habite at once, to work in our
stores and become managers.
We expect to open several more
stores soon and can offer bet
ter opportunities than if you
run your own store.
Join a live, rapidly-growing
Apply at Basket Store, General
Office, 108 No. 9th St
We Clean Lace Curtains
Dyers, Cleaners, Hatters,
Furriers and Tailors.
2211 to 2217 Farnam Stmt
Telephone Tyler 345.
Champ Clark Says
Draft Measure Will
Not Pass House
Washington, April 24. Speaker
Clark opposed the selective draft and
predicted it never would pass con
gre: ; today in receiving a delegation
from the National Security league.
Several hundred petitions bearing a
million names, asking congress to
adopt the administration plan, were
laid before the speaker.
"Conscription never will pass, in
my opinion," he said.
"I am for letting the flower and
youth of this country volunteer be
fore we fasten the disgrace of a draft
upon them. The War department is
jumping around trying to bulldoze
people into passing this hill and I
don t think they are going to do it."
Traction Line Strikers
At Lincoln Lose Ground
Lincoln, Nebj April 24. From the
standpoint of street cars in service,
the Lincoln street car employes are
losing ground in their strike. Normal
car service was in operation on many
lines in the city today and in no in
stance was traffic completely halted.
The traction company discontinues
all service at night in order to pre
vent violence. There have been only
a few cases of violence reported.
occupants have had window boxes
constructed and in them they have
planted potatoes, instead of flowers,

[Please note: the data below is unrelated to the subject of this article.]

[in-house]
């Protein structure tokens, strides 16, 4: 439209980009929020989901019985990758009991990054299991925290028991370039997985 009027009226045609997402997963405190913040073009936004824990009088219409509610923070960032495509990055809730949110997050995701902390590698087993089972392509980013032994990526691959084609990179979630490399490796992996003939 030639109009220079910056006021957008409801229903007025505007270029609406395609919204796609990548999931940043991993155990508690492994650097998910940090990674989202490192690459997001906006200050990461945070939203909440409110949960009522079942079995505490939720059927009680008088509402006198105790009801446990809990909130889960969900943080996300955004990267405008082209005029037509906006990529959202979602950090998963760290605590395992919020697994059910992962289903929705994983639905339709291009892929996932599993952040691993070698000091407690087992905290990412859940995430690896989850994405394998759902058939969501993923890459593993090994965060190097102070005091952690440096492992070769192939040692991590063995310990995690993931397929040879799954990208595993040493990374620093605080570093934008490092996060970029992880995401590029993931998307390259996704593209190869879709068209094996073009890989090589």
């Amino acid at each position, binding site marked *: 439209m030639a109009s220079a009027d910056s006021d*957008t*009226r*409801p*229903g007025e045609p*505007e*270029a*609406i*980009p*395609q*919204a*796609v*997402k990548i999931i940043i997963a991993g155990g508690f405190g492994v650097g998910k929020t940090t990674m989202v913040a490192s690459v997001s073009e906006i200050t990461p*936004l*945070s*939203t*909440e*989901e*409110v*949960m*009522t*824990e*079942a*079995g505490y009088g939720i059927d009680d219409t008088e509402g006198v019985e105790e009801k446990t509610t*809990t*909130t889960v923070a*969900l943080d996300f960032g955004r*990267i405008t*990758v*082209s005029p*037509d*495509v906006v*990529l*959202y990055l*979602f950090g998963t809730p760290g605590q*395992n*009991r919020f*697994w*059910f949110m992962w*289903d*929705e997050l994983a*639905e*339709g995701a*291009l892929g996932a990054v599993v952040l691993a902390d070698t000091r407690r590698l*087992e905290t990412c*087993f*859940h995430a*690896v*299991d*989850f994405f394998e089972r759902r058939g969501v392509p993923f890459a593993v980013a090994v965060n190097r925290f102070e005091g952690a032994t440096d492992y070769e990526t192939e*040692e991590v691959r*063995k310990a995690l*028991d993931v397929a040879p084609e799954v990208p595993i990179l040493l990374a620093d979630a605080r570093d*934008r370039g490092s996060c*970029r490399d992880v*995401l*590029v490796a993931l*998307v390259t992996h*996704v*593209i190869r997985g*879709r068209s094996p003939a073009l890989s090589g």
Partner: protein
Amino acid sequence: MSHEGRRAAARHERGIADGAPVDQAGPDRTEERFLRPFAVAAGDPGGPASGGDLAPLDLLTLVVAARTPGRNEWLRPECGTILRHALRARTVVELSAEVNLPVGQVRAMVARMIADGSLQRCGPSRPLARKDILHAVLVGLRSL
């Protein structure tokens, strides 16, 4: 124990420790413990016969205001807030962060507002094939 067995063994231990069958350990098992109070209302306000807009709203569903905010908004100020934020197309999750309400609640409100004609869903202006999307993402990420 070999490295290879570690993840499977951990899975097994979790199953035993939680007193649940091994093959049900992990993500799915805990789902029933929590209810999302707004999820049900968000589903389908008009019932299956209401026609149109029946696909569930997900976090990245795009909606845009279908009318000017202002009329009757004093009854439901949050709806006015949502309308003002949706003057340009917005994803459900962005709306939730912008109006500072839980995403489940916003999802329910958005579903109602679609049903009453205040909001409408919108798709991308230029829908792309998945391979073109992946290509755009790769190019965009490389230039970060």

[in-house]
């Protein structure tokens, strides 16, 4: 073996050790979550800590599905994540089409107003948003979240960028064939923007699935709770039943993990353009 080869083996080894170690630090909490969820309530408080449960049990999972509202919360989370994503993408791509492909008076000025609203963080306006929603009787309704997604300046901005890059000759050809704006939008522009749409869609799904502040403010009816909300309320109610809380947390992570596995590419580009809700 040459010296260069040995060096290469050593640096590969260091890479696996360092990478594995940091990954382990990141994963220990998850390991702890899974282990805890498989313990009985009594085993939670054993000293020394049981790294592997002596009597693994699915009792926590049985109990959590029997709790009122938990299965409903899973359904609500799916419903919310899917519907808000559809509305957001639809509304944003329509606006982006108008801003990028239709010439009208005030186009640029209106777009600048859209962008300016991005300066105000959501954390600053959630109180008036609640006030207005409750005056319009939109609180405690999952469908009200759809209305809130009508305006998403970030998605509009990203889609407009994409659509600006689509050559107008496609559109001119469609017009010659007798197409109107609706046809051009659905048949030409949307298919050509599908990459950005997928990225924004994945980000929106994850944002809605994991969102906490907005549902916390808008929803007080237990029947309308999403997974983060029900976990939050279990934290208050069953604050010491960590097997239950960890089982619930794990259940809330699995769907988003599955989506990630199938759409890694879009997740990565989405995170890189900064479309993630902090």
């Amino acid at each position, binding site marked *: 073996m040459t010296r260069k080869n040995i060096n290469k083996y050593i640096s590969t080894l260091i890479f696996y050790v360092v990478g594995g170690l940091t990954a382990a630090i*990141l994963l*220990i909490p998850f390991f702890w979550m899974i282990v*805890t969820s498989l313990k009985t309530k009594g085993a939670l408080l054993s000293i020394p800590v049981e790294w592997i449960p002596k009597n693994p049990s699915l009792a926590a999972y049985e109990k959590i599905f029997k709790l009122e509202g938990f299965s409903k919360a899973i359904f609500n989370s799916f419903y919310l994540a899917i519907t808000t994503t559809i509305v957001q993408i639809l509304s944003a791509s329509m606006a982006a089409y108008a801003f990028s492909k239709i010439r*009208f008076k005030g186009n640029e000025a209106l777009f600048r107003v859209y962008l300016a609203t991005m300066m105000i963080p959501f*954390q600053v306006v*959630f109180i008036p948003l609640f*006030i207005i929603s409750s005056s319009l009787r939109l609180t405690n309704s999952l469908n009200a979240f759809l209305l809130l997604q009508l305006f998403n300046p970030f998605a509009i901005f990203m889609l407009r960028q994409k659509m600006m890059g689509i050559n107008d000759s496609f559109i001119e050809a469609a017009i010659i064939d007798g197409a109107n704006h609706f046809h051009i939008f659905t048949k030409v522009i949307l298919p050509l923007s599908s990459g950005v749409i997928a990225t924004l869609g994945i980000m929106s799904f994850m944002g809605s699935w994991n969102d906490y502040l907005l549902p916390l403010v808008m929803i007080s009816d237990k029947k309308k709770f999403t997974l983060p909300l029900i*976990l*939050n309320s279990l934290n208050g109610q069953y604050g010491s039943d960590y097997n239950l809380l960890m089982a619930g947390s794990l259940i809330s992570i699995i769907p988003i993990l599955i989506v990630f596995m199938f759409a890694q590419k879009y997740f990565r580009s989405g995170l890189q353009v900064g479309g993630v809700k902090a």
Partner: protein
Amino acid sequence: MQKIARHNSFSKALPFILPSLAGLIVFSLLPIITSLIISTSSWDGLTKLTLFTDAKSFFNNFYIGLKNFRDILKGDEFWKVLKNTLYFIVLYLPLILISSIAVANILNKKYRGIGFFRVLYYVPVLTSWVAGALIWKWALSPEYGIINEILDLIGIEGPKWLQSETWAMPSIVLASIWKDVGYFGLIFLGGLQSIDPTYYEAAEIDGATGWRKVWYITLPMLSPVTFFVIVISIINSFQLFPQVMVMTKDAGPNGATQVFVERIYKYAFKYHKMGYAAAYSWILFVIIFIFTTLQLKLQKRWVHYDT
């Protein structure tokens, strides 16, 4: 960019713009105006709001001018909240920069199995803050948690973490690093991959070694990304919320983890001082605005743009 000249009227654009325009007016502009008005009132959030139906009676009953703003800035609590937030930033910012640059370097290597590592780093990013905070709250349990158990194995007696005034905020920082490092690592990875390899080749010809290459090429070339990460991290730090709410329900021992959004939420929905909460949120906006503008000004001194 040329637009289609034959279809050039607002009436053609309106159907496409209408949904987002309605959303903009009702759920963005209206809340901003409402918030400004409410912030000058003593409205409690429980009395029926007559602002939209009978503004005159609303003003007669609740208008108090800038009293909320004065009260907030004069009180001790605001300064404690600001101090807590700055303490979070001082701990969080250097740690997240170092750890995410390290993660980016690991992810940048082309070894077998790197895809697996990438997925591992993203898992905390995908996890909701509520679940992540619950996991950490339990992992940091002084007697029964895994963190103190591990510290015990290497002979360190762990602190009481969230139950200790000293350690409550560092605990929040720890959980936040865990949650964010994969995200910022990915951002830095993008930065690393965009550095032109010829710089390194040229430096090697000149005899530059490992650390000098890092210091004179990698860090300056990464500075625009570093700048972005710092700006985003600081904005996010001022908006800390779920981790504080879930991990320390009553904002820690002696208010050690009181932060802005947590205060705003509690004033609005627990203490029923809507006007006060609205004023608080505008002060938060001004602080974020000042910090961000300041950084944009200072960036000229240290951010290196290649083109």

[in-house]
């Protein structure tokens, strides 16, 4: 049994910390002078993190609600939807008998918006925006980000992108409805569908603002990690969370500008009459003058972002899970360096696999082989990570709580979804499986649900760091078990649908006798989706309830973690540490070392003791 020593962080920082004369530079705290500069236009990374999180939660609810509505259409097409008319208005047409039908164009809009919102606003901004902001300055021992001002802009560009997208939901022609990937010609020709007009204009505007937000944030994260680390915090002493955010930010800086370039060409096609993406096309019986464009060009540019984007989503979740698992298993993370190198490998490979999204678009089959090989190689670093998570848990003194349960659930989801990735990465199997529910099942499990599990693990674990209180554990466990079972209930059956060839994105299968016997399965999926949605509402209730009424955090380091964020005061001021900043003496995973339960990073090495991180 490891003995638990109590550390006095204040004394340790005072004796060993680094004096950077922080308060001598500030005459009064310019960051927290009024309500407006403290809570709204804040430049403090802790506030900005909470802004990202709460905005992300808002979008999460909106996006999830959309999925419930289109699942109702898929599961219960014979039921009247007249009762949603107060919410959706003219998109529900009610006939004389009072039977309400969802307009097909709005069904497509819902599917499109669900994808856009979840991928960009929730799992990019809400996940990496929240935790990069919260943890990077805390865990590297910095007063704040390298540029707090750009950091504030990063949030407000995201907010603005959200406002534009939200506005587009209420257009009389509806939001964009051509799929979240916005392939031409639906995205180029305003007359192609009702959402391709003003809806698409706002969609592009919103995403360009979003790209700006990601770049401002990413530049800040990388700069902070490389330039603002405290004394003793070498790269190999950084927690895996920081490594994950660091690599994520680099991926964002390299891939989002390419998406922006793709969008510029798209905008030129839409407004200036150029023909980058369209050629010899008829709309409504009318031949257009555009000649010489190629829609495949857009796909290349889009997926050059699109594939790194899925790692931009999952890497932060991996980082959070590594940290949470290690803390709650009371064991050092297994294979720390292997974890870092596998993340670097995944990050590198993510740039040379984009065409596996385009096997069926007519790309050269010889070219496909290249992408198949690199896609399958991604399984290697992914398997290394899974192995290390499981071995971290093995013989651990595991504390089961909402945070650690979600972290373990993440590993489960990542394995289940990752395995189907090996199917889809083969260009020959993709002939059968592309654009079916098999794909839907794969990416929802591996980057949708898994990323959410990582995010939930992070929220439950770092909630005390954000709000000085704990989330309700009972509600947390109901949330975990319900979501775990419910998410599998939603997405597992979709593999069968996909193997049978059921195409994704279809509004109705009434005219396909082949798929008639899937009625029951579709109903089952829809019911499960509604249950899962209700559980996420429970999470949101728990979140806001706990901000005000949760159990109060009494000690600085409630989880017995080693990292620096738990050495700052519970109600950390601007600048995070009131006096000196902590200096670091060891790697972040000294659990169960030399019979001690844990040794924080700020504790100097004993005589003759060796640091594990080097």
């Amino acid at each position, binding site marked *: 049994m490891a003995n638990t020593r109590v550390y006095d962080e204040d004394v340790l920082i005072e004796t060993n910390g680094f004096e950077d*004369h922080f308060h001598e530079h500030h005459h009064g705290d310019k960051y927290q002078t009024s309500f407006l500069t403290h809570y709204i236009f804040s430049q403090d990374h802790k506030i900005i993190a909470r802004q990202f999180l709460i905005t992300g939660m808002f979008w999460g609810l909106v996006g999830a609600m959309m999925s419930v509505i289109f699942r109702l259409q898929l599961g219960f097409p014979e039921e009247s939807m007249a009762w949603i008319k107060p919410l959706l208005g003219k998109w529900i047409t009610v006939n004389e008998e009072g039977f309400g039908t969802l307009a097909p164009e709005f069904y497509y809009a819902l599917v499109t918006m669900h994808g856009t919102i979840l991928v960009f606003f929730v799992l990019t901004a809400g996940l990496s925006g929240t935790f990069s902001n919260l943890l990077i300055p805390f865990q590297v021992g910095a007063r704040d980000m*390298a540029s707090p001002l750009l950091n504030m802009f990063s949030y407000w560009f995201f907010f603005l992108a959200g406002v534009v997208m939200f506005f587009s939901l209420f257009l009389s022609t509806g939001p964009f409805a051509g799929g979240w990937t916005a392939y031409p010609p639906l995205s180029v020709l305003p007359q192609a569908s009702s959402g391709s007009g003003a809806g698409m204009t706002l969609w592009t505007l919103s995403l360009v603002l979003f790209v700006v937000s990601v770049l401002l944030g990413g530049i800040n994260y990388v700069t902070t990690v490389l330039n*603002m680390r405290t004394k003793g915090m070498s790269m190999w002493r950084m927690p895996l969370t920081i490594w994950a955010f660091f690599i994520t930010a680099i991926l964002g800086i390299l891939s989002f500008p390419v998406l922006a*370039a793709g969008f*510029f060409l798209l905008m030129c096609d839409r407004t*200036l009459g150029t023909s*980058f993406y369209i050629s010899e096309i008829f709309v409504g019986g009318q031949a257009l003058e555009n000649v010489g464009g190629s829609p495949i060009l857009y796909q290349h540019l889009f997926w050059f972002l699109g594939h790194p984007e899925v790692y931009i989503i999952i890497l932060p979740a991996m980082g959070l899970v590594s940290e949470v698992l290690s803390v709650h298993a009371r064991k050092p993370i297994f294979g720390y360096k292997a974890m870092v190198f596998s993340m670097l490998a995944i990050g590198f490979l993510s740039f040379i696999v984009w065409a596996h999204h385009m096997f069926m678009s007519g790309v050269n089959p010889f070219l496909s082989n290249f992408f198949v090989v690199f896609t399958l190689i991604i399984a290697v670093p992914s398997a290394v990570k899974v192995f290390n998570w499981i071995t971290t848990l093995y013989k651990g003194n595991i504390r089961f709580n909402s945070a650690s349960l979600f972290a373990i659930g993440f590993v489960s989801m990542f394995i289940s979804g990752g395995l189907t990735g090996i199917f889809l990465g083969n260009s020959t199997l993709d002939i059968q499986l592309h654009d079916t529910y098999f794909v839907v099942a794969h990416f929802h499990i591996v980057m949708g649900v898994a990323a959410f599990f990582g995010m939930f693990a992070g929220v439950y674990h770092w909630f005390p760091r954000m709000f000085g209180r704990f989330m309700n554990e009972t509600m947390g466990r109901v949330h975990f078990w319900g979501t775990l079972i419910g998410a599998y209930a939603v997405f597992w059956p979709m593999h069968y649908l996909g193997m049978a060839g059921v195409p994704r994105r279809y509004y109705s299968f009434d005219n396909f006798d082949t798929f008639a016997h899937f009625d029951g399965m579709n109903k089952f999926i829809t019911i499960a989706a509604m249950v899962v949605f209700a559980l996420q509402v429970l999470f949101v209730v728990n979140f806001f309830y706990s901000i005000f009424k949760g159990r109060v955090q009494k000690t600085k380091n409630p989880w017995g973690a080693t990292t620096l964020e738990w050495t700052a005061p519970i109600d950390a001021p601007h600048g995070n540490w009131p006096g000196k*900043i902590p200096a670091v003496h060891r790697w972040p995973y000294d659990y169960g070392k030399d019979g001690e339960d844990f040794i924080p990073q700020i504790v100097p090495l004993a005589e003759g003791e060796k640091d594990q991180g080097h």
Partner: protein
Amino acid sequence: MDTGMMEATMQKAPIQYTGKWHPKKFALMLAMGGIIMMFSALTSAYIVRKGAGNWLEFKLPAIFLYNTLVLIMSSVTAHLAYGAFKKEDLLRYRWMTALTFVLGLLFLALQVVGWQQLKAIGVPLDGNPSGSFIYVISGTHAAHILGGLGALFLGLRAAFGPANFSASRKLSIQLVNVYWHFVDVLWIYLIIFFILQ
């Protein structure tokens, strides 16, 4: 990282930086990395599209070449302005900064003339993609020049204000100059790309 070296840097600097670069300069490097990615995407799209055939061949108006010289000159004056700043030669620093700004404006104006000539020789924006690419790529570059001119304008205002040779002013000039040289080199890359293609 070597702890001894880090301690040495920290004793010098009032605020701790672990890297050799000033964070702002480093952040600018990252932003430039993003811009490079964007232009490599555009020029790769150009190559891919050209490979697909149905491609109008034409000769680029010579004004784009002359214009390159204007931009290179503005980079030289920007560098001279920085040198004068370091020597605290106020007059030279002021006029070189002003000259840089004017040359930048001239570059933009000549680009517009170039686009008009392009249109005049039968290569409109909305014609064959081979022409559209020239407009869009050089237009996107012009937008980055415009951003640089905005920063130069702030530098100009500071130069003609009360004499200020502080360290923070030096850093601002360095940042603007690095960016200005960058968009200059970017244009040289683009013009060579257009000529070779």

as has been a former custom.
"Parking along the streets, even
out in the best residence portions of
the city, has been spaded up and the
ground planted to vegetables. Out
side of the business portion practi
cally all of the city is a garden. 1 nere
are places where the lawns around
houses that have cost anywhere from
$10,000 to $100,000 that have been
plowed or spaded up and converted
into garden patches.
Howard Elliott, Head of
New Haven Road; Resigns
New York, April 24. The resign.
tion of Howard Elliott as president
of the New York, New Haven &
Hartford railroad was accepted at a
meeting of the board of directors.
His retirement becomes effective May
1, but he will continue to act in an
Kansas City All Heated
Up Over Garden Plots
While Omaha has enlisted an army
in gardening and potato planting the
interest taken in the back-to-the-land
movement is not so great here as in
Kansas City, according to C. S. Col
lett, general agent of the Southern
Mr. Collett has headquarters in
Kansas City and telling of the extent
of the gardening in the Missouri town
"Not only are the Kansas City peo